Saturday, December 4, 2010

If you have finished your lunch and think you can stomach 15 minutes of weasel words watch this. Tasmanian premier cold on Gunns Tamar Mill prospects.......and..........Is Paul Oosting still effective in the role of TWS Pulp Mill Campaigner? Read the link to his latest interview on ABC's AM wesbite and have your say here

Airlie Ward on ABC Tasmania's Stateline interviews the three political leaders - Bartlett, Mckim and Hodgman.- Here

Judging by Premier David Bartlett's (well....uh....oh..ah) evasive response to Airlie Ward on whether the Tamar Valley Pulp Mill will be built he clearly does not believe it will ever get built.

Premier Bartlett explained that he hoped what is one of the most expensive and invasive private industrial projects ever seen in Tasmania because it would give "certainty to forest contractors"?

Yes thats right folks, Premier Bartlett supports the one of the largest industrial projects in the Southern hemisphere and a potential game changer for so many residents and existing businesses in the Tamar Valley because it might benefit a small minority sector of the overall Tasmanian workforce?

This is an extraordinary watering down of the basis for the Labor Government's support of the pulp mill.

Gone are Lennon Labor's promises about what would now be a joint foreign owned pulp mill. A Pulp Mill proposal that has already cost the jobs of hundreds of Tasmanians before a brick has been laid on the mill site.
What has happened to Paul Lennon's bizzare promise of
  • 2 000 long-term permanent jobs and an extra $6.7 billion being added to the Tasmanian economy?
  • Economic growth and security to Tasmania, particularly to our regions. $6.7 billion increase in Tasmania's economic output over the next two and a half decades.
  • By 2030, northern Tasmania alone will be $460 million better off because of the pulp mill.
  • The pulp mill will generate almost $900 million in extra Commonwealth and State taxes.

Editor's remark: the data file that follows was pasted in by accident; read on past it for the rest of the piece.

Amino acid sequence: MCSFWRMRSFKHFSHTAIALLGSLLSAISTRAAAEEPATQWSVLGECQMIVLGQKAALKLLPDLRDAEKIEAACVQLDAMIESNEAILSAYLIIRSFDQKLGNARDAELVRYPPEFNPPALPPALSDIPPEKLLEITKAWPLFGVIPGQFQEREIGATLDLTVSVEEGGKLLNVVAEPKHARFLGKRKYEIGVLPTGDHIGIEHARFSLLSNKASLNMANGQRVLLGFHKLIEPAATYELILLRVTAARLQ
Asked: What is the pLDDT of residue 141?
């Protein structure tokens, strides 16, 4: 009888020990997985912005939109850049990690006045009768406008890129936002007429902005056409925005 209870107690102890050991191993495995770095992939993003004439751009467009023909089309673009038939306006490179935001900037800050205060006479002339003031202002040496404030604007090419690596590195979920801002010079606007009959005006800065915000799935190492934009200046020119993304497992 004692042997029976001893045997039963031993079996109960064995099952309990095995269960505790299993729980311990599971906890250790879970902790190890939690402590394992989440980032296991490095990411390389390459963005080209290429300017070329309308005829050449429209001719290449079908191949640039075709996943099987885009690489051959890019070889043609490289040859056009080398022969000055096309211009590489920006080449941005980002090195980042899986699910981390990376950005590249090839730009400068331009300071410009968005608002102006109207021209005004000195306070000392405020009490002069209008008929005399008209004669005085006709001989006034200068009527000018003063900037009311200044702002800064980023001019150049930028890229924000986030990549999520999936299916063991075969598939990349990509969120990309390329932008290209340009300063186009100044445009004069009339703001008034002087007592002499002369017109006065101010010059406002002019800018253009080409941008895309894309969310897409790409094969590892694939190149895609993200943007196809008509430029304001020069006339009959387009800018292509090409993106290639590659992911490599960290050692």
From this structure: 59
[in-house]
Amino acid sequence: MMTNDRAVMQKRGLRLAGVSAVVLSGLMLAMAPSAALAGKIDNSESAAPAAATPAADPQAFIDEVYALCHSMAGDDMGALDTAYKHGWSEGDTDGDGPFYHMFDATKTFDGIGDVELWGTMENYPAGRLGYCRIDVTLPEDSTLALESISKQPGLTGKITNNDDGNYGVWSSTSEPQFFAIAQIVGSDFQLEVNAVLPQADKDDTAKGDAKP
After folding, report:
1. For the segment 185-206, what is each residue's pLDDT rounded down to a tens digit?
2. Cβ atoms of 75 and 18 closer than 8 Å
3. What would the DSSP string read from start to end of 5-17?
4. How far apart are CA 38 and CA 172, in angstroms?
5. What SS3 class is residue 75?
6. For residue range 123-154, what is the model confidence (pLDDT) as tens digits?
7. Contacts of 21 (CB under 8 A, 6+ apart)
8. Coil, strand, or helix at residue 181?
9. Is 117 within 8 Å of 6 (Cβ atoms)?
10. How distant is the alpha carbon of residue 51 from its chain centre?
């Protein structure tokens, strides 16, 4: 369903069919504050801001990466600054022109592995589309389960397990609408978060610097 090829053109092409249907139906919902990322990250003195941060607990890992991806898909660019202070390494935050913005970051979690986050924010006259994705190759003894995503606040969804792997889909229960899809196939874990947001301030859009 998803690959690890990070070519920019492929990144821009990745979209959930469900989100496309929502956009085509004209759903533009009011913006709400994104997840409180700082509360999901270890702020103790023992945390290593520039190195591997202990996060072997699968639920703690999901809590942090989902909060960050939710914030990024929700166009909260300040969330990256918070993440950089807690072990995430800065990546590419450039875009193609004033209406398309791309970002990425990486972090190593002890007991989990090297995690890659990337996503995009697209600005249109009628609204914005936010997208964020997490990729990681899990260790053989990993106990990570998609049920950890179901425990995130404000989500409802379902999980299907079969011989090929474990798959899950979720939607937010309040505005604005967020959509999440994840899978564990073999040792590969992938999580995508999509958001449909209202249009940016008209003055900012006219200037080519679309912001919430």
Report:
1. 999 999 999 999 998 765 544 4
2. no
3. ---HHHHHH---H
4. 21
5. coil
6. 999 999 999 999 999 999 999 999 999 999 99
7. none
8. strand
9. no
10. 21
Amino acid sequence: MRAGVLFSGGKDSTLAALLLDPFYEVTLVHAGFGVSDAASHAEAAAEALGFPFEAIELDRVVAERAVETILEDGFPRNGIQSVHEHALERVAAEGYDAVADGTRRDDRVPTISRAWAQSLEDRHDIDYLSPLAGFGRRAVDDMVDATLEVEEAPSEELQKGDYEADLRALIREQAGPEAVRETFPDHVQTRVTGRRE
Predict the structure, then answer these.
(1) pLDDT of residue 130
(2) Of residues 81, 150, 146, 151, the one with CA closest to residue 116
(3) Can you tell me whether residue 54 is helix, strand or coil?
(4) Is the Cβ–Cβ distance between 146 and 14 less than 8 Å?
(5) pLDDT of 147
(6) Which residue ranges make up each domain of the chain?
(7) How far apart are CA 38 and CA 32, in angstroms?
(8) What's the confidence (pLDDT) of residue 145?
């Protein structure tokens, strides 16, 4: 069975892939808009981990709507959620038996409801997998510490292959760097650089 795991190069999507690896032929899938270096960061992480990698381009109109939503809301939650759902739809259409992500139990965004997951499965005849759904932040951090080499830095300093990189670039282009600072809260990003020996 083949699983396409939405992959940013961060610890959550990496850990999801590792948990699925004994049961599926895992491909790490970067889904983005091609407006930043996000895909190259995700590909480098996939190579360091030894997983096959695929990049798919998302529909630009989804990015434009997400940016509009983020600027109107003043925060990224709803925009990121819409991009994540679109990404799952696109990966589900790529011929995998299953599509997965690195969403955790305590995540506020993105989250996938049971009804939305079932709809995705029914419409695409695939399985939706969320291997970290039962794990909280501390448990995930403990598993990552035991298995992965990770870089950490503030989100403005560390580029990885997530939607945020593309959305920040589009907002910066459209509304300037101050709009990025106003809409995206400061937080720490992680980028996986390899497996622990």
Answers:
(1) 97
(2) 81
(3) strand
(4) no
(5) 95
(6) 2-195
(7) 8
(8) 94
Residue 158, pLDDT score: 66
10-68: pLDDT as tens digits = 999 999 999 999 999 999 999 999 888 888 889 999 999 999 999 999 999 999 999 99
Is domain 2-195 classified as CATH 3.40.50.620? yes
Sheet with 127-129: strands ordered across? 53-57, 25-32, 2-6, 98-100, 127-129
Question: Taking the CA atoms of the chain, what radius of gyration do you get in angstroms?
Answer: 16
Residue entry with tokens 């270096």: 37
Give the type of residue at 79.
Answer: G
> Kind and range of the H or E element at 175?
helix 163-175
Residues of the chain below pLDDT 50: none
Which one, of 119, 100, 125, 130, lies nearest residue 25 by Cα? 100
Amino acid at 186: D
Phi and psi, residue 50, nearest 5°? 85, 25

• Each household is likely to have $870 extra each year to spend because of the pulp mill; $870 more every year to every household in Tasmania to help out families and to make life easier for Tasmanian families. Every month, every household in Tasmania will have more than $70 extra to make ends meet, every month of every year. That is a measure of the influence this project can have on the quality of life and living standards for all Tasmanian families. That is the real benefit that the pulp mill will bring to our State.
  • An extra $100 million in accommodation and hospitality spending during the construction period. Financial benefits to the whole Tasmanian economy, to all regions of our State, and to every Tasmanian family.
  • The pulp mill will provide 3 400 direct and indirect jobs throughout Tasmania during its building phase, including 2 500 on site during the peak of construction and more than 1 600 jobs throughout Tasmania when the mill is fully operating.
  • Employment will increase over time and is expected to peak, over the life of the project, at 2 000 extra jobs throughout Tasmania. That is 2 000 families with security to plan for the future. That is 2 000 families who will not have to worry about how they are going to pay the bills or afford to send their children to school or wonder where their next meal is coming from.
I dont know about you folks but my bullshit detector dial has gone off the scale. Can you believe Lennon stood up in the parliament and said this stuff? You would have thought that God had announced he was moving to Tasmania to perform miracles.

From ABC's AM Website

FELICITY OGILVIE: Having the peace plan work is vital to Gunns in terms of trying to get the finance it needs to get the pulp mill. Will environment groups support the pulp mill?